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I didn’t bother with tying it this time. There’s a limit to how fancy one manages to be on a Monday afternoon. Apart from (fresh) garlic it’s been brushed with dark soy sauce and sprinkled with crushed black pepper and thyme. If you have the time, do brine your pork neck before roasting. It just gets so much better.

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Here’s the pork neck after perhaps an hour in the oven. I relied solely on the meat thermometer’s alarm (which was a bit off this time. Had to microwave the sliced meat a bit since I don’t trust even slightly pink pork.)

While the roast was roasting, some corn on the cob got prepared, along with a simple but effective tzatziki.

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Those three elements are seldom seen on the same plate, but they were all good!


Valentines Highlights

Posted in beer, cheese, fruit, ice cream, mango, pork, roast, salad, side dish with tags , , , , , , , , , , , , , , , on February 19, 2013 by oskila

Last year for Valentines my fiancée cooked dinner for me. This year she came down with a bit of a cold, so we cooked together instead. Here are some of the highlights.


A loin of pork covered in garlic cream cheese, biding its time in the oven.


The first kriek (belgian cherry ale) I’ve ever had that was drinkable. All other attempts at drinking kriek have been abandoned less than halfway through. This one a friend gave me for my 31st birthday. The picture is also, incidentally, sort of a self portrait.


The real inventive masterpiece of the evening in my opinion – A salad of arugula, mango and pink grapefruit, dressed with a bit of olive oil and mango vinegar, along with salt, black pepper and chili flakes.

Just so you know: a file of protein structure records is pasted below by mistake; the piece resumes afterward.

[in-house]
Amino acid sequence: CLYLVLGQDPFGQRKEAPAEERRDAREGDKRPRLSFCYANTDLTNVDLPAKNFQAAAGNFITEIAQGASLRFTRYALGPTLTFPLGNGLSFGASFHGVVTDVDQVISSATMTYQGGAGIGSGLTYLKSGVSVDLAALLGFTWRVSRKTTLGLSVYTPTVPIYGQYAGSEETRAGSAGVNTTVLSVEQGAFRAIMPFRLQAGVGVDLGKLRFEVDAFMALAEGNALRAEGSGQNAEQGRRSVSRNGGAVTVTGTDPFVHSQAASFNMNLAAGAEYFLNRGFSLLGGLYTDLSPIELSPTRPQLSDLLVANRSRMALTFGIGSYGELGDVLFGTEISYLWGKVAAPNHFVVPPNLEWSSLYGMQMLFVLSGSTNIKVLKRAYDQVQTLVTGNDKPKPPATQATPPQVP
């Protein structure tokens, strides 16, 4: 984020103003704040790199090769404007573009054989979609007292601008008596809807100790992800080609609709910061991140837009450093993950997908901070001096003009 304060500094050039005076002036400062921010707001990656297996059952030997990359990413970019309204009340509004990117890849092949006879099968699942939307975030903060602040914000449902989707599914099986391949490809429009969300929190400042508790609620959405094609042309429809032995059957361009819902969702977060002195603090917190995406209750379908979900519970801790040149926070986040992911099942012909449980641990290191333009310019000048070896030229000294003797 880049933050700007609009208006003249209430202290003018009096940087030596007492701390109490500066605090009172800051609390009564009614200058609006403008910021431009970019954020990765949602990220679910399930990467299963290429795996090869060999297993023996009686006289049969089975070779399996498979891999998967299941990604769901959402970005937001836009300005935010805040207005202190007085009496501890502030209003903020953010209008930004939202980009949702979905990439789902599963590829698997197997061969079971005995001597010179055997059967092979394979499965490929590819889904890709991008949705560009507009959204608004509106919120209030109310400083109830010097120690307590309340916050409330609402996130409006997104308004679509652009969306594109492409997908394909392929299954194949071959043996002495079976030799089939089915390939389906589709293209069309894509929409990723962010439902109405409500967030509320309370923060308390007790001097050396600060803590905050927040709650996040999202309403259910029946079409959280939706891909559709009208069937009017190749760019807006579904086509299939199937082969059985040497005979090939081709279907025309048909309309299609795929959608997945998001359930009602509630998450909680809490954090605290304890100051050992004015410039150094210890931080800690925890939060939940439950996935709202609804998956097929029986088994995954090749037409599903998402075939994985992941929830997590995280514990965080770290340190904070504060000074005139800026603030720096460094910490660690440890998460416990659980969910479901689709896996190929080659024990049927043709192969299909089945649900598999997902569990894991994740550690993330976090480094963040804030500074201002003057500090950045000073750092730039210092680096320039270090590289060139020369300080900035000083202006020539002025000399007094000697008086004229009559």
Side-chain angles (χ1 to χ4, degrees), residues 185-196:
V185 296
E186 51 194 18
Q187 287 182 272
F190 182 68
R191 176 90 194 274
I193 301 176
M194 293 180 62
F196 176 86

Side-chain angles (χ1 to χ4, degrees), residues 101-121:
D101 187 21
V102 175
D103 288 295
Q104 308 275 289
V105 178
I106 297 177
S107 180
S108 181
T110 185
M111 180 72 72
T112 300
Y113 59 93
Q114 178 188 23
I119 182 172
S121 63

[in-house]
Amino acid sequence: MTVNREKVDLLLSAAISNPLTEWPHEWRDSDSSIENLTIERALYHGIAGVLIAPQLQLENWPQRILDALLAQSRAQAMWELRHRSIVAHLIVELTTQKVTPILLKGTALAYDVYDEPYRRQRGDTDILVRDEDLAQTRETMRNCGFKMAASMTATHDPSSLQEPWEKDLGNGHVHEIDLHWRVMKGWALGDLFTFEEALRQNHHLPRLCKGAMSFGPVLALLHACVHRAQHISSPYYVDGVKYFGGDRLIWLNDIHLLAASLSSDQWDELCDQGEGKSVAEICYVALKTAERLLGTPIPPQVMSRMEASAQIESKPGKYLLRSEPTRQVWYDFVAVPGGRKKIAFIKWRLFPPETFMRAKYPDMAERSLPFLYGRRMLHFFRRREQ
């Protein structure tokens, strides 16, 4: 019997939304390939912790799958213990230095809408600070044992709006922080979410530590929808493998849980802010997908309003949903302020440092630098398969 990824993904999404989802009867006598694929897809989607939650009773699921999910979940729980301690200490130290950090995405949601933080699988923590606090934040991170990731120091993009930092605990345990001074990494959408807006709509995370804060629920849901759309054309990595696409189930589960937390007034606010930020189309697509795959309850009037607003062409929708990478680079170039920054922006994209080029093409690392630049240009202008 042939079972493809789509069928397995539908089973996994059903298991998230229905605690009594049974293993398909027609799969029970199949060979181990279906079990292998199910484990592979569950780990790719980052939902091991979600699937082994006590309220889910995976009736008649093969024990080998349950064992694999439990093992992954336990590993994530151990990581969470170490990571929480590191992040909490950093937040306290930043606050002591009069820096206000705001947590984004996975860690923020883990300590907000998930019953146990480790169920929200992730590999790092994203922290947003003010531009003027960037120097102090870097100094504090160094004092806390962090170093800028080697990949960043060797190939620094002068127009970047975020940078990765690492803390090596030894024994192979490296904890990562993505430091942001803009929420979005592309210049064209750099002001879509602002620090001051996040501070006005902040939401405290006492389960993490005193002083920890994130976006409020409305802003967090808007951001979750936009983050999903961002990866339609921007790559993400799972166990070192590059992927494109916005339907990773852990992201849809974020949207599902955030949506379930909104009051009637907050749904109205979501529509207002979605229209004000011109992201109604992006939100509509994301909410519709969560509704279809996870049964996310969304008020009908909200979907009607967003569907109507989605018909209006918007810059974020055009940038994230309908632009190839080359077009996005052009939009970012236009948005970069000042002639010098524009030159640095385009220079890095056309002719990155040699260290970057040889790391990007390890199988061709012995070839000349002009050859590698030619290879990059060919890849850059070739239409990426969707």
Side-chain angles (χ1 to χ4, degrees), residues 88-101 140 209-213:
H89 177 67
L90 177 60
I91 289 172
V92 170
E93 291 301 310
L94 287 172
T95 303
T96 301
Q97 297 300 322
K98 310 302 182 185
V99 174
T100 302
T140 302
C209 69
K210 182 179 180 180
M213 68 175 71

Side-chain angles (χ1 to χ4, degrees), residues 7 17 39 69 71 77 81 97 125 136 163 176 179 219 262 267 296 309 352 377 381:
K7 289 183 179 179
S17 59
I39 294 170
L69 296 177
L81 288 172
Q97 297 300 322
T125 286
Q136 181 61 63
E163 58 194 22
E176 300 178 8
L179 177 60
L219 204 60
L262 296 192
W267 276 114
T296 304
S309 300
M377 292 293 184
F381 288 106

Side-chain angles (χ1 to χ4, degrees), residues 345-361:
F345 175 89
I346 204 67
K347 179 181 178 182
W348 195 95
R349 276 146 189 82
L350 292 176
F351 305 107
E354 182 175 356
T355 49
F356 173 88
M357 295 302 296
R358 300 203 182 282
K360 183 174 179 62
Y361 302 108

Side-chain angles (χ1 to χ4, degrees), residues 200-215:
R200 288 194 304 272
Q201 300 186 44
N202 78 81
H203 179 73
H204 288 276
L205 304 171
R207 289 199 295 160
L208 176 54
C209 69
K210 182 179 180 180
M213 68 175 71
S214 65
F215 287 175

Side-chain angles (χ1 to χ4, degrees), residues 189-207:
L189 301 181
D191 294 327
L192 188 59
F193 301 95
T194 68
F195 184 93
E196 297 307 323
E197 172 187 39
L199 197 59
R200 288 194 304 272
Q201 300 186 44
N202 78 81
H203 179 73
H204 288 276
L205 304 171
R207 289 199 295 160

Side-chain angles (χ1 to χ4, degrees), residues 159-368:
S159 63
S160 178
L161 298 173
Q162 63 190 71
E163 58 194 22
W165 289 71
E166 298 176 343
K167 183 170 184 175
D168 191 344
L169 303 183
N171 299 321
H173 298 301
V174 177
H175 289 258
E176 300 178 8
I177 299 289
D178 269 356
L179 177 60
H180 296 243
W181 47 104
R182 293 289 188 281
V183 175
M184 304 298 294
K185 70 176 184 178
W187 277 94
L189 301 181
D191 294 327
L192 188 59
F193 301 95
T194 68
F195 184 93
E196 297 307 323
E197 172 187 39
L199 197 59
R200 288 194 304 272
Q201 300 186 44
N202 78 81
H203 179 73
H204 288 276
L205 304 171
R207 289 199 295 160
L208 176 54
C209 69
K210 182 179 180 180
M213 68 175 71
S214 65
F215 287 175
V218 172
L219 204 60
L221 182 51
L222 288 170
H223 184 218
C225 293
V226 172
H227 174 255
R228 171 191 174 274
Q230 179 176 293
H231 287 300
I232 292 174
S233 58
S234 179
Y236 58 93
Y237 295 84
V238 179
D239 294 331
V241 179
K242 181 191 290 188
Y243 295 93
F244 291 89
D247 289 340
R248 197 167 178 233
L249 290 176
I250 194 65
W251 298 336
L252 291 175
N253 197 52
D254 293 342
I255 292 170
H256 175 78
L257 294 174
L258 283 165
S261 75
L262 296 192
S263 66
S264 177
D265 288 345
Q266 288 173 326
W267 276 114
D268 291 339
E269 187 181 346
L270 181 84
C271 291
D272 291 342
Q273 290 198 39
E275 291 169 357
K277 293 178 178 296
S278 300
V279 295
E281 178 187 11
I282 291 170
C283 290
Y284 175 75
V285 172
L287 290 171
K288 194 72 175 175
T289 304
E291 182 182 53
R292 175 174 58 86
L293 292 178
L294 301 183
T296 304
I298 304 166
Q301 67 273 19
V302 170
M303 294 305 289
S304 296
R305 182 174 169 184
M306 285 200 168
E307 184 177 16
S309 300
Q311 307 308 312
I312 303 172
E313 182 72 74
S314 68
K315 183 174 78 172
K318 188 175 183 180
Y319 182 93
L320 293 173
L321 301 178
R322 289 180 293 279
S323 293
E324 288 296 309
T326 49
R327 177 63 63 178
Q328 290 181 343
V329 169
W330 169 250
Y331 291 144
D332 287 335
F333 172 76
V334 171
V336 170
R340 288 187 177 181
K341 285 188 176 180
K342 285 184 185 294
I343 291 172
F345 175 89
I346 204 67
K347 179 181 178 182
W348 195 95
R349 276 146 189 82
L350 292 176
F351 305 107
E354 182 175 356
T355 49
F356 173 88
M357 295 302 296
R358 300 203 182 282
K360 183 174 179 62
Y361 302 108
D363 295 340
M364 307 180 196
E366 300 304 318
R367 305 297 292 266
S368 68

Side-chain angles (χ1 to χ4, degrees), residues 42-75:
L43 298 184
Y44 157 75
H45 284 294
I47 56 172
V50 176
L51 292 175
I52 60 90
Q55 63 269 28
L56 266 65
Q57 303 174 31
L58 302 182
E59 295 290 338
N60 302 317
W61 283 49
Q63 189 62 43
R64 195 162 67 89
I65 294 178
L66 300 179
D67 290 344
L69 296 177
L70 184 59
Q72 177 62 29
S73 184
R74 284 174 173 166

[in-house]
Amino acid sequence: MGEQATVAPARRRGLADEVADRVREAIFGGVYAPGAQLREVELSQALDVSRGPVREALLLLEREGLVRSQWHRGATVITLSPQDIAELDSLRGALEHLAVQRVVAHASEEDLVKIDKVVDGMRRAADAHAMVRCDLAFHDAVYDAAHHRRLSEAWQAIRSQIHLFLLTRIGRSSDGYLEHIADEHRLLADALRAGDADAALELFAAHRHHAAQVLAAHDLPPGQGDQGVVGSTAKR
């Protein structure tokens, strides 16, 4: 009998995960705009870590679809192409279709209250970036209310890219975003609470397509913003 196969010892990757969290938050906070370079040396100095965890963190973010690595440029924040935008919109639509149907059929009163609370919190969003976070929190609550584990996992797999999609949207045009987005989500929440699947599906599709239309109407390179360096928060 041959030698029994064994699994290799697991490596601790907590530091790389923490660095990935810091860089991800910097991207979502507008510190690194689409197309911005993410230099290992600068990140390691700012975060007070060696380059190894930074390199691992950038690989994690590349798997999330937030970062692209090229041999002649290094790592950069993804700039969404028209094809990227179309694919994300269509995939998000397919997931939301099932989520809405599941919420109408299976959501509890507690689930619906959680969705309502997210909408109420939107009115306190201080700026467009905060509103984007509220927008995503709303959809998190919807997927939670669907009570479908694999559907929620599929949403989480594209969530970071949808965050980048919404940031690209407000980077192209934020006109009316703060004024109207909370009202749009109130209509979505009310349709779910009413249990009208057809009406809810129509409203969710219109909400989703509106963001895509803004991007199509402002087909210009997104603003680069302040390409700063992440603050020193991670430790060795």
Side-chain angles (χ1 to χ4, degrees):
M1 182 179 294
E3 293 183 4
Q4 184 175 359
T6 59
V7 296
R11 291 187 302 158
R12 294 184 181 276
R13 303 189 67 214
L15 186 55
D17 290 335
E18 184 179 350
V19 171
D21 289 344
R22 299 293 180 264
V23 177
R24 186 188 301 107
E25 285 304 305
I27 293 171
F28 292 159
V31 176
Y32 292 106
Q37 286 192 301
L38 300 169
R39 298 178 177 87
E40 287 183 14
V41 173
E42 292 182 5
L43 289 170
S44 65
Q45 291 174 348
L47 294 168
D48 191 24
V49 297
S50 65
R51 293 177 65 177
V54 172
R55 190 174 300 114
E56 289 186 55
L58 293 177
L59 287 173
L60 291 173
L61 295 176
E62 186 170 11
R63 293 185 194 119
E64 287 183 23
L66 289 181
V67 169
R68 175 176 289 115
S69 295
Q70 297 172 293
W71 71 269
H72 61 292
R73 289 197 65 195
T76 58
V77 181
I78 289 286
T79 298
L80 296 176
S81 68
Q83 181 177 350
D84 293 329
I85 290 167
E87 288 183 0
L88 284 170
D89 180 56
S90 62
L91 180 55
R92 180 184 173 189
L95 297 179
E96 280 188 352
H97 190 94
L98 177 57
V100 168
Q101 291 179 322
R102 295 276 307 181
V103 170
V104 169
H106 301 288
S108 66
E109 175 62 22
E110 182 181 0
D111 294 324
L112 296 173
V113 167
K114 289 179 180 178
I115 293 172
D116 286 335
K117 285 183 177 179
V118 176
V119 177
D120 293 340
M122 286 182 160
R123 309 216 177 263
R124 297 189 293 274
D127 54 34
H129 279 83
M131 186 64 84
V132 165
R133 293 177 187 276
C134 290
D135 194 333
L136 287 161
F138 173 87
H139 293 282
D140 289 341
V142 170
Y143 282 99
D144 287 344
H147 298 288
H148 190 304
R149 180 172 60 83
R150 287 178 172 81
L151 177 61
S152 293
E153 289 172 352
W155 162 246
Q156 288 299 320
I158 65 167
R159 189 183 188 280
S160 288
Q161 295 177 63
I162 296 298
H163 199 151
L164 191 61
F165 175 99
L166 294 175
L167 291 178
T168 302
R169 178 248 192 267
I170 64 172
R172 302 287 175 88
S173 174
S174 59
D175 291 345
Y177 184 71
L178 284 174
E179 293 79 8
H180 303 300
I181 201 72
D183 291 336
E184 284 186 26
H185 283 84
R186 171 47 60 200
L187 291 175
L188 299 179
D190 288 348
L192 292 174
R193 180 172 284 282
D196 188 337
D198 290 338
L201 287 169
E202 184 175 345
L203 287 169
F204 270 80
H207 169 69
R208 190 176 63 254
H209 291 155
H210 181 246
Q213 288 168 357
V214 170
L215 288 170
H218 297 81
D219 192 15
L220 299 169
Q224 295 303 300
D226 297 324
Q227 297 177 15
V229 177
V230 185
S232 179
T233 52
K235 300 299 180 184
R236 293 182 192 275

This is ice cream in the making. Vanilla and Oreos. Yummy. The fiancée’s idea. (It was also her idea to get an ice cream machine in the first place)

Honey/Crowberry-glazed Pork Loin Roast

Posted in discount, pork, roast with tags on June 11, 2012 by oskila

I do stuff other than cooking blog food actually. This set of pictures have just been in the pipeline for some time. I bought a digital compact camera at a flea market some time ago, which didn’t come with a memory card but sported a bit of internal memory. A couple of minutes after I got home I misplaced the USB-cord and didn’t remember to look for it until yesterday.

Another piece of discount meat had made it into our freezer, this time a pork loin. An excellent opportunity to practice my butcher’s string technique.

There is clearly room for improvement with that string, but I’m getting there. Next I thought about a way to make this little roast a bit more interesting and came up with honey glazing. As the roast was already tied up and the oven hot, I used what we had, which happened to be a small jar of honey mixed with crowberries which had been sitting in the cupboard for well over a year.